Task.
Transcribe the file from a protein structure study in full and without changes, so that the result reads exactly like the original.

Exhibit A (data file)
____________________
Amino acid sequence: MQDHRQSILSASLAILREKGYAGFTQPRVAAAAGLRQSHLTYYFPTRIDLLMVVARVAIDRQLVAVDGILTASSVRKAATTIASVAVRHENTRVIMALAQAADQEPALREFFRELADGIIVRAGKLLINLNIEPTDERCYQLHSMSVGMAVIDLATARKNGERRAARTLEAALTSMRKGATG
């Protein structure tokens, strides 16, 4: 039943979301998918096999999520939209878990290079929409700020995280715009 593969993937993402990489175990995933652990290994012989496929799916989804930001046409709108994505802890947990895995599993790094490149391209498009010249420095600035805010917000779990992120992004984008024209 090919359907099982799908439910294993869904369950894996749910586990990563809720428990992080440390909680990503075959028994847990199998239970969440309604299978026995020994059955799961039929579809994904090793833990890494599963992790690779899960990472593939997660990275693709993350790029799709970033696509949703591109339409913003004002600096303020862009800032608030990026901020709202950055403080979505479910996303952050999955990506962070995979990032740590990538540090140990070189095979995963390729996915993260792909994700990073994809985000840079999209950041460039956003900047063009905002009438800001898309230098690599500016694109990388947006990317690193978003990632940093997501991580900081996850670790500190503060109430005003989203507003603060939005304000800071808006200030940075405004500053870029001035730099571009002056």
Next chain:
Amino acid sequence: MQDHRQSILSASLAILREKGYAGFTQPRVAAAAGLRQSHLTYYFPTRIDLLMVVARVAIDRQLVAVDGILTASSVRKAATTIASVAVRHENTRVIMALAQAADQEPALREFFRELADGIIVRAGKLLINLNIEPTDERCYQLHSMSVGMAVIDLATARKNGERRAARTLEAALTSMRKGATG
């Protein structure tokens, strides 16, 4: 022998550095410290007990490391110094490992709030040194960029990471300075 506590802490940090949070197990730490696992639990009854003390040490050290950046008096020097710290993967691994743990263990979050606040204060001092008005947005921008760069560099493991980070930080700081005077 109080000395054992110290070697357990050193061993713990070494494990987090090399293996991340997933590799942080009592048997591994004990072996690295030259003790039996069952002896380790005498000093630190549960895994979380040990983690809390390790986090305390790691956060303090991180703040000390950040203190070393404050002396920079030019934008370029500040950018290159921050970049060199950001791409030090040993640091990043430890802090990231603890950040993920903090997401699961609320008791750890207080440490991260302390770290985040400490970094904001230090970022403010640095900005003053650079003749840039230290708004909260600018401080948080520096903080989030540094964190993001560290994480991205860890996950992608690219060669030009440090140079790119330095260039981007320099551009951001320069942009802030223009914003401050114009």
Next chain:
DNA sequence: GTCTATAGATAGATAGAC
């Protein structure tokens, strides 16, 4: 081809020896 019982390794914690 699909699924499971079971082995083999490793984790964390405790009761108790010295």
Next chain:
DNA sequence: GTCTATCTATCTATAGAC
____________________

Amino acid sequence: MQDHRQSILSASLAILREKGYAGFTQPRVAAAAGLRQSHLTYYFPTRIDLLMVVARVAIDRQLVAVDGILTASSVRKAATTIASVAVRHENTRVIMALAQAADQEPALREFFRELADGIIVRAGKLLINLNIEPTDERCYQLHSMSVGMAVIDLATARKNGERRAARTLEAALTSMRKGATG
């Protein structure tokens, strides 16, 4: 039943979301998918096999999520939209878990290079929409700020995280715009 593969993937993402990489175990995933652990290994012989496929799916989804930001046409709108994505802890947990895995599993790094490149391209498009010249420095600035805010917000779990992120992004984008024209 090919359907099982799908439910294993869904369950894996749910586990990563809720428990992080440390909680990503075959028994847990199998239970969440309604299978026995020994059955799961039929579809994904090793833990890494599963992790690779899960990472593939997660990275693709993350790029799709970033696509949703591109339409913003004002600096303020862009800032608030990026901020709202950055403080979505479910996303952050999955990506962070995979990032740590990538540090140990070189095979995963390729996915993260792909994700990073994809985000840079999209950041460039956003900047063009905002009438800001898309230098690599500016694109990388947006990317690193978003990632940093997501991580900081996850670790500190503060109430005003989203507003603060939005304000800071808006200030940075405004500053870029001035730099571009002056």
Next chain:
Amino acid sequence: MQDHRQSILSASLAILREKGYAGFTQPRVAAAAGLRQSHLTYYFPTRIDLLMVVARVAIDRQLVAVDGILTASSVRKAATTIASVAVRHENTRVIMALAQAADQEPALREFFRELADGIIVRAGKLLINLNIEPTDERCYQLHSMSVGMAVIDLATARKNGERRAARTLEAALTSMRKGATG
């Protein structure tokens, strides 16, 4: 022998550095410290007990490391110094490992709030040194960029990471300075 506590802490940090949070197990730490696992639990009854003390040490050290950046008096020097710290993967691994743990263990979050606040204060001092008005947005921008760069560099493991980070930080700081005077 109080000395054992110290070697357990050193061993713990070494494990987090090399293996991340997933590799942080009592048997591994004990072996690295030259003790039996069952002896380790005498000093630190549960895994979380040990983690809390390790986090305390790691956060303090991180703040000390950040203190070393404050002396920079030019934008370029500040950018290159921050970049060199950001791409030090040993640091990043430890802090990231603890950040993920903090997401699961609320008791750890207080440490991260302390770290985040400490970094904001230090970022403010640095900005003053650079003749840039230290708004909260600018401080948080520096903080989030540094964190993001560290994480991205860890996950992608690219060669030009440090140079790119330095260039981007320099551009951001320069942009802030223009914003401050114009």
Next chain:
DNA sequence: GTCTATAGATAGATAGAC
């Protein structure tokens, strides 16, 4: 081809020896 019982390794914690 699909699924499971079971082995083999490793984790964390405790009761108790010295």
Next chain:
DNA sequence: GTCTATCTATCTATAGAC